Those adventurers who in 2016 invested in the cannabis firm Canopy Growth when it went public today would have capitalized about 3.500%. The company, valued at about 14 billion dollars, concentrates much of its activity in the fertile lands of Colombia, but has just begun operations in the southern cone, based in Argentina. The presence of the firm is limited for now to a medical manager, a financial manager, a spokesman, and the projection of an office with a dozen employees by 2020, although its regional CEO, Marcelo Duerto, says they came "to stay," given that Argentina's potential in the market is very large.
"We did a study at the regional level and with the current conditions of regulations it is estimated that there are four million potential patients in Latin America, of which 400,000 live in Argentina," he says. Duerto also highlights the aptitude of Argentina "for everything that is hemp", that is, male or female plants in the inflorescence (not psychoactive) of which the fiber is used, "from the half of the province of Buenos Aires to the north to Mendoza. But for that development, he says, it is essential "to discuss how to incorporate the private sector.
"The rise of the dollar [for the Argentine peso] did not affect us," says Duerto, who admits that from Canada he is asked daily about the situation of the local economy, although according to him, his bosses are not shrinking: "We just arrived and we arrived to stay. In Argentina, medicinal cannabis is here to stay, there is going to be an industrial advance.
"Latin America has different degrees of evolution. Mexico and Peru are perhaps the most advanced from the point of view of cannabis regulation, because they allow private companies to develop their businesses, then Argentina or Brazil, where regulation is a little further behind, "says Duerto, manager, for 26 years, employment consultant Accenture.
The objective of Canopy, and of all firms that intend to have a headquarters in Argentina, such as Green Leaf in Jujuy, is to expect the country to adapt its laws for a business that expects to move in 2025 more than 50,000 million dollars worldwide. The situation could change next March, when the International Narcotics Control Board (INCB) plans to remove cannabis from the list of hard drugs, as recommended by the UN. "Once that happens, this is going to be like a domino," says Duerto, adding: "Argentina should advance on regulation, precisely, to prepare for that domino. Because everyone is seeing this as a phenomenal business and many actors can become relevant actors.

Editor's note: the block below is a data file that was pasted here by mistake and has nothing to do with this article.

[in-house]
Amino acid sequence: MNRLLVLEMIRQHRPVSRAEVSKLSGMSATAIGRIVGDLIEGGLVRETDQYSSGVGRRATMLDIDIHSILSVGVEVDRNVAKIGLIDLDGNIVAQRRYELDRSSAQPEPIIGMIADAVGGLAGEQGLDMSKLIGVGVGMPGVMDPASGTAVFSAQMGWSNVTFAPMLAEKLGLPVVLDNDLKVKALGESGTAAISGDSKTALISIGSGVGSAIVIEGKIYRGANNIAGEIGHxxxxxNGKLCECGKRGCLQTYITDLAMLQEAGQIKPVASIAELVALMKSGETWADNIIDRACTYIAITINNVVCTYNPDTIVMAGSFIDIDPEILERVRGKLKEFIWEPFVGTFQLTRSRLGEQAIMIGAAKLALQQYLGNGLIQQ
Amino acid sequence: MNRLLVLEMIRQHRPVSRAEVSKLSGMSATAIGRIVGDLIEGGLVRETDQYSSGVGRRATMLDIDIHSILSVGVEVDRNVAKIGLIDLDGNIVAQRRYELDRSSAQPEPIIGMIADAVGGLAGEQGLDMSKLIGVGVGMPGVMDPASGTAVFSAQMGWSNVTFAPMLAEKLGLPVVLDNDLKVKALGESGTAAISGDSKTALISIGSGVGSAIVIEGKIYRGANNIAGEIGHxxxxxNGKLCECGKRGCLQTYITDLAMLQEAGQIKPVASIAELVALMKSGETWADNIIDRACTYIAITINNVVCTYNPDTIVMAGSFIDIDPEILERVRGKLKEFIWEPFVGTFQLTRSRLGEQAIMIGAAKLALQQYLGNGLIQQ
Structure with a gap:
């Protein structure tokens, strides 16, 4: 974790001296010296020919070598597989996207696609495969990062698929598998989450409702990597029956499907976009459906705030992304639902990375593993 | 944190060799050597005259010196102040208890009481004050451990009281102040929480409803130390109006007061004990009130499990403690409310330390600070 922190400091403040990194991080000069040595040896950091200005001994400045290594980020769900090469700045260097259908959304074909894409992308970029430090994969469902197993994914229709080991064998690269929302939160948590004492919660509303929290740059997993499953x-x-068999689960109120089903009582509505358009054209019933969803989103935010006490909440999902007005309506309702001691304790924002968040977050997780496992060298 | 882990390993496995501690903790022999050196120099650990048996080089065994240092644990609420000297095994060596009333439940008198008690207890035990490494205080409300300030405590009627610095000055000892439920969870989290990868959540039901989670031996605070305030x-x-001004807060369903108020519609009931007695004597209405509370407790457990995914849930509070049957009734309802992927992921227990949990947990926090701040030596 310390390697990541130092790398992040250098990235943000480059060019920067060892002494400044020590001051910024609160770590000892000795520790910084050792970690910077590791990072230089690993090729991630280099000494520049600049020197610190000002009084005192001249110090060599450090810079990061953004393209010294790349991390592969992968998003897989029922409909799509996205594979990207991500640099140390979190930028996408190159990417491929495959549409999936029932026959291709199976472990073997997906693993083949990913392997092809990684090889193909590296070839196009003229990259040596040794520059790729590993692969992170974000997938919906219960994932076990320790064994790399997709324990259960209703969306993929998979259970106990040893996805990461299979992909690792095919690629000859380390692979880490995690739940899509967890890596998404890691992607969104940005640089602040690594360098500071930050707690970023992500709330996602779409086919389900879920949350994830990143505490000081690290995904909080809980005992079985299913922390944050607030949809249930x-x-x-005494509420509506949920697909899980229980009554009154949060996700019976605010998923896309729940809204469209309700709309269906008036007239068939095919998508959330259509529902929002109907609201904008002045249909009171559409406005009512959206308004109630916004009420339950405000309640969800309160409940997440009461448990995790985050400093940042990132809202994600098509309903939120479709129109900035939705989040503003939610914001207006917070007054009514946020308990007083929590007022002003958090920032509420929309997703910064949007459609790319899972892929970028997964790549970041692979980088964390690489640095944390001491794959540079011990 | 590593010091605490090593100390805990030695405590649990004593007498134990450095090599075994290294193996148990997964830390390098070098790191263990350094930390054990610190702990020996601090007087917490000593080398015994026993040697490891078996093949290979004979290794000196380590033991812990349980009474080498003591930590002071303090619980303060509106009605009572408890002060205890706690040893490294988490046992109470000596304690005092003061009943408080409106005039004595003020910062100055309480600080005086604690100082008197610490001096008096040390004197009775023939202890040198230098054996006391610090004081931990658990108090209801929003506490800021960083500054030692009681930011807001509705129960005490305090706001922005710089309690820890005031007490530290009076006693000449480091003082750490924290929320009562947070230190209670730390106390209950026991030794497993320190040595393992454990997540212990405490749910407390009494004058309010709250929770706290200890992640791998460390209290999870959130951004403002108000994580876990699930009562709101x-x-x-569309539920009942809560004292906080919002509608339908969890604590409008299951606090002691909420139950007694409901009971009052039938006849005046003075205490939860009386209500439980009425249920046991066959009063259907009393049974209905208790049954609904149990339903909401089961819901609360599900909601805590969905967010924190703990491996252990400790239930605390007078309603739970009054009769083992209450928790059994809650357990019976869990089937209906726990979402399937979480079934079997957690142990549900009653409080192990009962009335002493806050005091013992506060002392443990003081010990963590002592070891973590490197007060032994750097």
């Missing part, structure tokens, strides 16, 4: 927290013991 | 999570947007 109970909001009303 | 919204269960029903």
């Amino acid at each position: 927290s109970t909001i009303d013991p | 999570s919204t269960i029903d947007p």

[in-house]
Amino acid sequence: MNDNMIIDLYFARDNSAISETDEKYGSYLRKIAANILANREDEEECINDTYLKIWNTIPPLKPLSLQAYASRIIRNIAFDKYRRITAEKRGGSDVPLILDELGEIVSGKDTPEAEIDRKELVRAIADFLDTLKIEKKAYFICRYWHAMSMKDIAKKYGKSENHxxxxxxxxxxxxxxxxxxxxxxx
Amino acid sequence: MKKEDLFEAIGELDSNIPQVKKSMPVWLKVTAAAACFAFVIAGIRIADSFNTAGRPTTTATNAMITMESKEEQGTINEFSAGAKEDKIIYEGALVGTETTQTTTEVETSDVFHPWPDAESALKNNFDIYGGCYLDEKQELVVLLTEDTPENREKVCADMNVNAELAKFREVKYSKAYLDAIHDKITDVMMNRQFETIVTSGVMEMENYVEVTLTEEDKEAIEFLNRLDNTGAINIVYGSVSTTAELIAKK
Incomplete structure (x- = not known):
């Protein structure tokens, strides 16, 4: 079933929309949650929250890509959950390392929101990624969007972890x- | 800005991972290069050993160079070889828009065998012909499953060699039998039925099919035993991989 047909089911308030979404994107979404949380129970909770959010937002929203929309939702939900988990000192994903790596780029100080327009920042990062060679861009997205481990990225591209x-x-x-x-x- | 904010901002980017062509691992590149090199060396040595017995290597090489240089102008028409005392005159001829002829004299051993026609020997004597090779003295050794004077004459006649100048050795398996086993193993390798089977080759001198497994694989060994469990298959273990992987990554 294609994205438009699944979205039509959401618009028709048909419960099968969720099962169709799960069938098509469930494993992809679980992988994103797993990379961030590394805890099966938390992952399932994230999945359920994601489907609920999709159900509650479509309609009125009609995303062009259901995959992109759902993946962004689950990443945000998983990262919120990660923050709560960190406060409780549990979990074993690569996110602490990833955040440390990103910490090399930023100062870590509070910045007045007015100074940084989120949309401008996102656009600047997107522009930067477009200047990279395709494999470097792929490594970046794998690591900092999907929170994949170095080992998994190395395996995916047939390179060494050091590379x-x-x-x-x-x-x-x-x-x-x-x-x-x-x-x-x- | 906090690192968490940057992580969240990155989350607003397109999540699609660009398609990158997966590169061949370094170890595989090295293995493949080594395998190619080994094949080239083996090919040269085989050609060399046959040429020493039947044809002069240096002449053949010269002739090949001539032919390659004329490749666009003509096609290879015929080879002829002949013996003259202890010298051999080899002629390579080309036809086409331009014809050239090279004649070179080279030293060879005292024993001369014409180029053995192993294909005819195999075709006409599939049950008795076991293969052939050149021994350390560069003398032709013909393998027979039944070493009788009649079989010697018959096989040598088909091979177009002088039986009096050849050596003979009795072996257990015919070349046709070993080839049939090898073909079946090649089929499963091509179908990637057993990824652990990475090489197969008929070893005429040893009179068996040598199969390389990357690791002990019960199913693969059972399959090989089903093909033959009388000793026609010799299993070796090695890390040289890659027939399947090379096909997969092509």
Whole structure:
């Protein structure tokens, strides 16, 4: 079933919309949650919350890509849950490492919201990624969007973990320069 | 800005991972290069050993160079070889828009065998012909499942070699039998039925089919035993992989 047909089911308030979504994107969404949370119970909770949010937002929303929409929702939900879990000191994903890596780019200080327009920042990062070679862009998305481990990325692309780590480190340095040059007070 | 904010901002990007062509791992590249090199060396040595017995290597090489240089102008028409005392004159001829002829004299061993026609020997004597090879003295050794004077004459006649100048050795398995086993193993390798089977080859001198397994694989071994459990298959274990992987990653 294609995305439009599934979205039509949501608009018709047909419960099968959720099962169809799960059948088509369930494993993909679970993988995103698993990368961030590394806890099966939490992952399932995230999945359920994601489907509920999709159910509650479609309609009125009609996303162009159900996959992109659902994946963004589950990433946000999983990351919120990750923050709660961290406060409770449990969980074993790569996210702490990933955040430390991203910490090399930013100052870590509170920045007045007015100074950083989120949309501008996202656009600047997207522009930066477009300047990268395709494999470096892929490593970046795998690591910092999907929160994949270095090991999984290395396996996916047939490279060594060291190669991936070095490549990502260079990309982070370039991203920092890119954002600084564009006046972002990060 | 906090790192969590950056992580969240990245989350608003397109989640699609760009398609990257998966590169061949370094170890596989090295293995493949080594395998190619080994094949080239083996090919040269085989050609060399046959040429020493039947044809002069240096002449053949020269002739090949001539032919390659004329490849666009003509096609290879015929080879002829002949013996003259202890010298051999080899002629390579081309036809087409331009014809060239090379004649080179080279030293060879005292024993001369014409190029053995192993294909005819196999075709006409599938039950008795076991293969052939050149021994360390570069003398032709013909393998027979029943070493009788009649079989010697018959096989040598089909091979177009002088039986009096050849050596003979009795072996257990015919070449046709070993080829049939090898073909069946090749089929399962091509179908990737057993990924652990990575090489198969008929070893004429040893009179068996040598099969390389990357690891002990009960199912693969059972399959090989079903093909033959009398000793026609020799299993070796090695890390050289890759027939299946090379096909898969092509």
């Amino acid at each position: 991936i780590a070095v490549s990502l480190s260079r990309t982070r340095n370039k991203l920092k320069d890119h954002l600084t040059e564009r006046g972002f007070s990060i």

Agreements with the UBA
Meanwhile, Canopy signed an agreement with the University of Buenos Aires (UBA) that has three legs: a postgraduate course that teaches, among other things, the human endocannabinoid system; clinical or pre-clinical studies, although they are still discussing which therapeutic areas; and research on genetics that Canopy works to see how they behave in Argentina.
Cultivated on a large scale, for now, nothing. The company's focus is on Colombia. "There we have the largest legal cultivated area in the world (130 hectares) and we are installing a farm with extractors to generate resin that is not yet operational, but will be next year," says Duerto. "It would be a pity that Argentina is not prepared to bite on the tip because the risk of this is that the first countries that are encouraged are going to take the premium value of cannabis for medicinal use, then the market is going to be transformed into a commodity and more countries are going to enter the game," he says.
"There is a great opportunity for Argentina, but it is necessary to work very hard so that the regulation is modern, facilitates the access of a quality product and allows the commercial exploitation of cannabis in its diverse varieties. Uruguay is six years ahead, Colombia is doing it and Paraguay has already started. Argentina, from the point of view of agriculture, has land, advanced technology, and capacity," concludes Duerto.
Source: El Pais